On October 14th (yes, the day after the marathon), I spoke at a church north of Boston as part of their series on the book of Revelation (the text for the day was Revelation 2:18-29). It was a slightly different version of my testimony, focusing on the importance of purity and embracing weakness, and I thought I’d share it here.
I was born prematurely in May of 1975. I spent my early months, isolated in an incubator, as premature babies were not touched or held. Those first months seemed to set the tone for the rest of my life. I have distinct memories of songs and stories that scared me as a child. I’d zero in on themes of abandonment with great fear, sure that at any moment, I would be alone.
I began experimenting sexually with girls at a young age. As a high school freshman, I began a physical relationship with my female best friend. I looked up “homosexuality” in a health book. The book said that if you had attractions for someone of the same gender, then you were gay. I remember thinking, “There it is, in black and white. I am a homosexual.”
For the next decade, I had several long-term and short-term relationships with women. I was not happy. At age 22, I found myself at music school in Boston. It was there I started learning more about Jesus. Christians seemed to start coming out of nowhere to share about His love. They never took it upon themselves to say that I should not be a lesbian. Like everyone else, I was a sinner in need of Jesus in my life. My sexual behavior was only one of many indications of this need.
My life spiraled out of control in many areas, not only my sexual identity, as I also had an eating disorder and a struggle with self-injury. A friend gave me a CD by a passionate Christian artist. His voice sang of a friend who was always there, a friend who would give everything for him. That friend is Jesus. In the midst of that song, I cried out to God saying, “I want what he has!” God, in His great mercy, met me on that day in January of 1999.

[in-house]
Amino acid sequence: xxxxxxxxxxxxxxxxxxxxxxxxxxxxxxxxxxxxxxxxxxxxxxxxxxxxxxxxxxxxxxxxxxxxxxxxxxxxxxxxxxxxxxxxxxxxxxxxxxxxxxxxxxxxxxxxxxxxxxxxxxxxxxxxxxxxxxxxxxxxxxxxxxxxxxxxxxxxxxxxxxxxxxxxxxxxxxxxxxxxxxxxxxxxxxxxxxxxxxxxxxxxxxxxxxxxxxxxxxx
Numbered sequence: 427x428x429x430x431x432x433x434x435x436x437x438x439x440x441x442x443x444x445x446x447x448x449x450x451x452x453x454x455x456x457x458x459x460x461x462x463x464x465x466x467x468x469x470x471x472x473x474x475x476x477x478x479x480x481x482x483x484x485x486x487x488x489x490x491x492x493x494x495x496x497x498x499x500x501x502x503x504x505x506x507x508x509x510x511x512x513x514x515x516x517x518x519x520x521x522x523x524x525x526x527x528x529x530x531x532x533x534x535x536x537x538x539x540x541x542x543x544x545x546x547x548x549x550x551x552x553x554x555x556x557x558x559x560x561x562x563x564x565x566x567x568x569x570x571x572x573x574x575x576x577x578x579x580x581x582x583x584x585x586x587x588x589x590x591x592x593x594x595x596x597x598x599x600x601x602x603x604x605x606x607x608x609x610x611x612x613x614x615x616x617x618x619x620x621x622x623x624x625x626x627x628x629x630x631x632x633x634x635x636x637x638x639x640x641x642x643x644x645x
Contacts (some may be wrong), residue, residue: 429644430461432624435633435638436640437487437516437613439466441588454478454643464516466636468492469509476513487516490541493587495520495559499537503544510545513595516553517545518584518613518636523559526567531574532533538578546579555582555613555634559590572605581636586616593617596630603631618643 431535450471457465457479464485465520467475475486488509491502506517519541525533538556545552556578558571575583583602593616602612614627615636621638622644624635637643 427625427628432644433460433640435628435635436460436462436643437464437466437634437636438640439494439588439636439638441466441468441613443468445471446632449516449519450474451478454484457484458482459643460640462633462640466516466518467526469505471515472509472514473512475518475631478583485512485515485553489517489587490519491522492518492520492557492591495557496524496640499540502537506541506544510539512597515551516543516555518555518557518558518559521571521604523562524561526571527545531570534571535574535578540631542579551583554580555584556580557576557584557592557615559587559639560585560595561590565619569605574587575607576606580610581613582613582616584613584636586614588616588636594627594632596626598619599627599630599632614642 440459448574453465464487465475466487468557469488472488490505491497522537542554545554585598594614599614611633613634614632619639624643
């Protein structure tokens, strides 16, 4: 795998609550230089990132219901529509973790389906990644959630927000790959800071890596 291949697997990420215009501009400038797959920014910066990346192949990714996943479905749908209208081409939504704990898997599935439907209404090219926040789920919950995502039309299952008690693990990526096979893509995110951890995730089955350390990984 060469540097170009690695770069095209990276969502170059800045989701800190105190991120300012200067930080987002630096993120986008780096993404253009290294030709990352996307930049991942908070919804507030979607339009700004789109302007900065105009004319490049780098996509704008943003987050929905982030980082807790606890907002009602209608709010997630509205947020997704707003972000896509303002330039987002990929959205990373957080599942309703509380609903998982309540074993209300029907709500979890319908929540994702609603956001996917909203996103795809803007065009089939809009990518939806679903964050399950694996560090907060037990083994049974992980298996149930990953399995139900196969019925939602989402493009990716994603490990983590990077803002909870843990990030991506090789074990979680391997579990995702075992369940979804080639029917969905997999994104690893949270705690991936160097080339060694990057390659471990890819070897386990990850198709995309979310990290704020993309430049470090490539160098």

I had one more lesbian relationship after Jesus became Lord of my life. I felt stuck. Was it really even possible to break free of the chains that still held my life in so many ways, and give myself fully to my relationship with Jesus Christ? I eventually said yes to God after my girlfriend broke up with me.
Some days were a moment-by-moment practice of surrender. I went to a Christian counselor who helped me transform my life and my thoughts. God made it clear that I was to share my story. His power, perfected in my weakness, is also perfected when I boast in those weaknesses. I eventually married. And yet, purity is still a daily embrace, a moment-by-moment decision.
That is not to say I still struggle with same-sex attraction at the level of intensity I did 12.5 years ago when I finally surrendered my sexuality to God. I don’t. But every day, I’m faced with the same choice as all of you, no matter what you struggle with. It’s a choice as to whether or not I will trust God in the face of uncertainty. And those times where I don’t choose to trust, I find myself longing to trust in other things, whether it be food or envy and greed.
The lyrics of a song have gripped my heart recently:
He’s coming for a pure bride.What are you doing when no one is watching? Children get your hearts right. God’s coming for a pure bride!
Just the magnitude of His holiness inspires me to choose Him, to make the right choice when no one’s watching, even if no one besides God would ever know. Today, I do not obey God out of a place of fear, or a worry that His feelings for me are somehow as fickle as mine often are. I obey God out of a deep, deep place of love, respect and complete abandon to the God who spared no expense to rescue me.
He’s coming for a pure bride.